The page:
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Ghana Muslims Reject Marital Age Change

Published: 30/07/2013 04:18:06 PM GMT
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ACCRA - A proposal to increase marital age for women in Ghana is facing growing criticism from Muslim organizations, seeing it as opening the door to problems related to pre-marital sex and abortion which contradicts with the (more)

ACCRA - A proposal to increase marital age for women in Ghana is facing growing criticism from Muslim organizations, seeing it as opening the door to problems related to pre-marital sex and abortion which contradicts with the Islamic laws.

“There are significantly many development factors including biological, cultural, social and technological; which ensure that girls are physical matured for marriage by age 18,” the Imam and acting National Chairman of the Ghana Muslim Mission, Sheikh (Dr) Amin Bonsu, told Ghana Web on Monday, July 29.

“Delaying their marriage means we are going to experience more young girls getting pregnant without having responsible men who will care for them during pregnancy, child bearing and their babies,” he stated.

How Islam Views Early Marriages

Marriage in Islam

Specifying the age of Marriage

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The proposal to increase marital age for women in Ghana from 18 to 23 was first suggested by Government Statistician Dr Philomina Nyarko.

According to Nyarko, the proposal would ensure that young women were physically, socially and psychologically prepared before bearing children.

Speaking at a news conference in Accra, Bonsu argued that child bearing at advanced age could also bring complications to many women.

Moreover, he referred to reports indicating that in the Central Region alone, nearly 14,000 girls got pregnant last year through pre-marital sex.

Sheikh Bonsu said lack of proper care for these pregnant girls could compel them to engage in unsafe abortion methods that could lead to high rates of maternal deaths in the country.

“This, therefore, posses the fear that delaying their marriage to 23 years will give room for more teenage pregnancies, illegal abortion, maternal deaths, HIV/AIDS, unplanned births and many more other consequences on these girls, their babies and the society at large,” Sheikh Bonsu stressed.

According to CIA factbook, Ghana is home to a Muslim population estimated by 17.6% of the country's 25 million.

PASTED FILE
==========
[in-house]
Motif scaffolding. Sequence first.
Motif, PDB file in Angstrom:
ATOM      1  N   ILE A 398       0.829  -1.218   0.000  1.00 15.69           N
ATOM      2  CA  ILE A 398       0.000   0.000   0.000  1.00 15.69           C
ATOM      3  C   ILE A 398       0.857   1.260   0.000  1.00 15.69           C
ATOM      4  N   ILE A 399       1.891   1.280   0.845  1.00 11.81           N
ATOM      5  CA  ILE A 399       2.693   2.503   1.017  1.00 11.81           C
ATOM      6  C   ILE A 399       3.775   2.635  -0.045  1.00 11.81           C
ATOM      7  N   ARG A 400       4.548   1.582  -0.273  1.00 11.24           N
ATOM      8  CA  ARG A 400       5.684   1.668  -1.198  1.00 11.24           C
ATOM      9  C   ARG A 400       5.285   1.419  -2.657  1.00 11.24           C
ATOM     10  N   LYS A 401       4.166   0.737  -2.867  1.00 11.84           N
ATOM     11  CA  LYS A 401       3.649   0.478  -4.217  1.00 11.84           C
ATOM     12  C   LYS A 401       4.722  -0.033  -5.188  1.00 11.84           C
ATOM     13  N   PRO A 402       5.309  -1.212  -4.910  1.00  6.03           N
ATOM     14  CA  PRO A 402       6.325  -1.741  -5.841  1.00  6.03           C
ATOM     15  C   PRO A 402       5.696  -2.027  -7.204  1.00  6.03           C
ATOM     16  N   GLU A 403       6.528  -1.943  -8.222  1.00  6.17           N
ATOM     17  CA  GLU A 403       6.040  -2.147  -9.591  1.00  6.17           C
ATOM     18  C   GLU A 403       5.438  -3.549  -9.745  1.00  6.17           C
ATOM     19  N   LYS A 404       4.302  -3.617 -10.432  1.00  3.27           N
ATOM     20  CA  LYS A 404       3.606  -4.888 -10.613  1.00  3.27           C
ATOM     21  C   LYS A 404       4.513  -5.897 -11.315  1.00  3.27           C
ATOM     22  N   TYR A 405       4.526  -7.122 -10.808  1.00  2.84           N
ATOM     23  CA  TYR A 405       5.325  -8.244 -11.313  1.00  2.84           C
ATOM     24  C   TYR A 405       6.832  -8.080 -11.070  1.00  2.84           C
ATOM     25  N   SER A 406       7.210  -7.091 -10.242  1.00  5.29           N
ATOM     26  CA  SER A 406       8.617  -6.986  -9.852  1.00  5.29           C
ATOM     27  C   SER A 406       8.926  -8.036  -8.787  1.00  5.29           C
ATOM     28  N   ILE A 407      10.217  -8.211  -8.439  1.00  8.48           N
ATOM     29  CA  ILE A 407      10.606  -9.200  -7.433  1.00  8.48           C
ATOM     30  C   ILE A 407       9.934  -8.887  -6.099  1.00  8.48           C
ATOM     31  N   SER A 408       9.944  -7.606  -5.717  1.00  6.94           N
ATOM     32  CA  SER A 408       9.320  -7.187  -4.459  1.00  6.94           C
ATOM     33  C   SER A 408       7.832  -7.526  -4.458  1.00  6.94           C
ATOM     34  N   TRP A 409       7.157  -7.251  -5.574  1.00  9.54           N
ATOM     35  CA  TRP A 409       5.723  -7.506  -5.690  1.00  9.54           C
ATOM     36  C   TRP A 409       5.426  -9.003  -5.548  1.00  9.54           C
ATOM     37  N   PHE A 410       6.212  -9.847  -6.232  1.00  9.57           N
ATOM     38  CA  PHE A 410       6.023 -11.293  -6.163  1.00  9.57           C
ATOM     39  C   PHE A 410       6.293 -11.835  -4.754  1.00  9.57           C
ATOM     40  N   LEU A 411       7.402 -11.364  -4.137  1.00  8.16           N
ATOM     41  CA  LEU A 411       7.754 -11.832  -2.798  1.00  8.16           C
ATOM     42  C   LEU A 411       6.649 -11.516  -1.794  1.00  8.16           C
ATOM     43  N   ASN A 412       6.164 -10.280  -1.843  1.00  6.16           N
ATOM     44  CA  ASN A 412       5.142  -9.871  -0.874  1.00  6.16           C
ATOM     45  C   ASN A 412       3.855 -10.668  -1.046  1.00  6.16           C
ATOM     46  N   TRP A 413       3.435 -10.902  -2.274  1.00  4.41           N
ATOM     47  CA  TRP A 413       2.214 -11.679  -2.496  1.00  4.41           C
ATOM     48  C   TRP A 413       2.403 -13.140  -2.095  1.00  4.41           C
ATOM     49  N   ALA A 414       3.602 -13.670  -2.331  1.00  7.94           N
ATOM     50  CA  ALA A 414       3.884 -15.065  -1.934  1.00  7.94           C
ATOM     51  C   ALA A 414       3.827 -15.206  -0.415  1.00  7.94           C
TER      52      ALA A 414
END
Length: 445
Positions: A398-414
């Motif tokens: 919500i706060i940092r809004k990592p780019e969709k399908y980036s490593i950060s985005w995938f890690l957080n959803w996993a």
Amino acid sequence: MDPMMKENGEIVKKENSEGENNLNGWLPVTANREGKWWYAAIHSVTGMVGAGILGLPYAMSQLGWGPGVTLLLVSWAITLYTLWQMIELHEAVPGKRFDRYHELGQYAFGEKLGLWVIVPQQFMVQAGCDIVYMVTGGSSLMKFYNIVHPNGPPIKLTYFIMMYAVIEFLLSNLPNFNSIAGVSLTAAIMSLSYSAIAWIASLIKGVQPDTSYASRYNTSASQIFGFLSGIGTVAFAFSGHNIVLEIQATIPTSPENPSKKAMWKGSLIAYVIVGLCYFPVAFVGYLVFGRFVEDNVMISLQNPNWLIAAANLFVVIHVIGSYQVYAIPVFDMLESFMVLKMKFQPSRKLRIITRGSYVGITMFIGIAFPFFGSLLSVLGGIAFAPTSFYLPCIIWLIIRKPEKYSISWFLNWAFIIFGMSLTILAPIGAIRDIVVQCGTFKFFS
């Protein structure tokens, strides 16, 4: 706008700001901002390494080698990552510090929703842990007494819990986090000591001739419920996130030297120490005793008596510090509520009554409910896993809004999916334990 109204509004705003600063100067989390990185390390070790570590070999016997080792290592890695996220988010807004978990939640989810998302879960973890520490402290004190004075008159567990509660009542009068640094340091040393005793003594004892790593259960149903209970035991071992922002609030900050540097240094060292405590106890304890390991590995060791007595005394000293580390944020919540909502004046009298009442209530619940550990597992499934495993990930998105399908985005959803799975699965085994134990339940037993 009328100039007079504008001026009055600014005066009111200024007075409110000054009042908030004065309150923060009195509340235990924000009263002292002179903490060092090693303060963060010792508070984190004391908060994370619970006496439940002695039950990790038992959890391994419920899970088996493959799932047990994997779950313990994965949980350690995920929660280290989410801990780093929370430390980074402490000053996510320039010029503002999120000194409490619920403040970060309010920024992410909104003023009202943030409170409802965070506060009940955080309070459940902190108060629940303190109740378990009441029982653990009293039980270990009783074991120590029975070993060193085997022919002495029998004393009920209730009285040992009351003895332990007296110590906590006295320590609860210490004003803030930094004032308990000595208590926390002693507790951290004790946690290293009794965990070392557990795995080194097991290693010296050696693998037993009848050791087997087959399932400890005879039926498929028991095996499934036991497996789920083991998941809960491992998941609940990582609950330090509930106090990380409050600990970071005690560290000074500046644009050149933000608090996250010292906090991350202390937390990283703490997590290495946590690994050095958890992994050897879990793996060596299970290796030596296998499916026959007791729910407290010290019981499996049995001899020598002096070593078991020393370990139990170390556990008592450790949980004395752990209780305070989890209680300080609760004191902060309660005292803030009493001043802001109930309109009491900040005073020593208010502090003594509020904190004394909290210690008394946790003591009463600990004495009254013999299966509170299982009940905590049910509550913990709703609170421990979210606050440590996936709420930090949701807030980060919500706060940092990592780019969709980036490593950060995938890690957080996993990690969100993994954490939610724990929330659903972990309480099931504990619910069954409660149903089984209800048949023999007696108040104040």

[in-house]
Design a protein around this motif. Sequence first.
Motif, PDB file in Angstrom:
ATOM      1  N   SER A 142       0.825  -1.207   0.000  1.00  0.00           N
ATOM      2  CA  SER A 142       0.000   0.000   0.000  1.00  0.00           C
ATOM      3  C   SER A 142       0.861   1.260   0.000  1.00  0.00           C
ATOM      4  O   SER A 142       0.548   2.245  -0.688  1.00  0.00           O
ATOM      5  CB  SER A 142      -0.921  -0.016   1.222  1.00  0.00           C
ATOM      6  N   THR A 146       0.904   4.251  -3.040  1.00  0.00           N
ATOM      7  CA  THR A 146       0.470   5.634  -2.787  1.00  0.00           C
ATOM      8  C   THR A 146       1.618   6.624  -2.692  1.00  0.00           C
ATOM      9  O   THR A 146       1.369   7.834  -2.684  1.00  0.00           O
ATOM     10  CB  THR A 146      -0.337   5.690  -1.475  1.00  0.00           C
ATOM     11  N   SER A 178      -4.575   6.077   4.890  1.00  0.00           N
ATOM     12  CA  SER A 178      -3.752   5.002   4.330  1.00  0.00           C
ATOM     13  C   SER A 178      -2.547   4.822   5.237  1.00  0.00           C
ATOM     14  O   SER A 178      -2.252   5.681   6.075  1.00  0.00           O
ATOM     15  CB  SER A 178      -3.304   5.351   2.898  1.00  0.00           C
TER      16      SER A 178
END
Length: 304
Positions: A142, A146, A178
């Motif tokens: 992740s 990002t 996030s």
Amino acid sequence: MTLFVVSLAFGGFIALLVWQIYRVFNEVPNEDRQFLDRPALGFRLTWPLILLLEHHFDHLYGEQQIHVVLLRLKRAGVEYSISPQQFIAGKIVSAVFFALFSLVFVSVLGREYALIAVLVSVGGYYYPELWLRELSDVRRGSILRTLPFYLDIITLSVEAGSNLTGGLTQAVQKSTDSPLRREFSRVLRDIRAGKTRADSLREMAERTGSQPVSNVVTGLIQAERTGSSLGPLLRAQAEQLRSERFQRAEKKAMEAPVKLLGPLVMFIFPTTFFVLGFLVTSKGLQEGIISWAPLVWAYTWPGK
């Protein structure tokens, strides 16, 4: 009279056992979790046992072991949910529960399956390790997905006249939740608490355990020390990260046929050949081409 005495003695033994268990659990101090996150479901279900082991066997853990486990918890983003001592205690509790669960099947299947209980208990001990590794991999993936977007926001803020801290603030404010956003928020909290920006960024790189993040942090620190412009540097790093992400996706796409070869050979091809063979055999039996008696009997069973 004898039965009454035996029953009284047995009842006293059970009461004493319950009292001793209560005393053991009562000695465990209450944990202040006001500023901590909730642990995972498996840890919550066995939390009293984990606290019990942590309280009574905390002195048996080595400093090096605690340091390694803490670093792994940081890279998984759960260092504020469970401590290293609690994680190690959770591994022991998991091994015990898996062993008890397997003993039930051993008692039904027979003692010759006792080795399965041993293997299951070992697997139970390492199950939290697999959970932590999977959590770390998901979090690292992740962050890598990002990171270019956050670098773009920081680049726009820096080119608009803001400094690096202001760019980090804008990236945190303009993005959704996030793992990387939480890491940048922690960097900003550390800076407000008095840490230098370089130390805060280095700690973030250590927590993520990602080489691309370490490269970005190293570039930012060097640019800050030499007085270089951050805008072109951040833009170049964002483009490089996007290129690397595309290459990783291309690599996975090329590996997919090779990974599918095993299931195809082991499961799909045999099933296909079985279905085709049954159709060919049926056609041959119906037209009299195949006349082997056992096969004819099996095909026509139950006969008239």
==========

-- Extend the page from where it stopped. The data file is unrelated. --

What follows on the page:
Government Role

The Muslim leader confirmed that the government should shoulder its responsibilities in emphasizing proper parental care rather than increasing the marital age.

“Educational institutions must also inculcate moral and life skills training into school curriculum like it used to be in the past, instead of focusing only on the intellectual and academic development of our children,” Sheikh Bonsu suggested.

He added that religious institutions should also focus on preaching good morals and shaping the character of their people rather than spending too much time on business issues.

“The society, traditional leaders and our political leaders must uphold and honor people with good moral character and not riches, social status,” he added.

Sheikh Bonsu noted that placing too much emphasis on birth control and reducing population growth was not a better approach to the development of the country.

He also decried that fact that many countries spend much resources on birth control and reducing population than expenditure that will ensure economic growth.

“We suggest that families and the country must use available resources for proper planning of families including spacing births, allocation of resources for children upbringing and education,” Sheikh Bonsu suggested.

Marriage in Islam is of utmost importance as it is upon the lawful union of a man and a woman that society grows strong and that moral is preserved.

In Islam it is not permissible for the guardian to compel the one under his guardianship to marry someone she does not desire to marry.

Rather, it is necessary to seek her consent and permission.

Reproduced with permission from OnIslam.net




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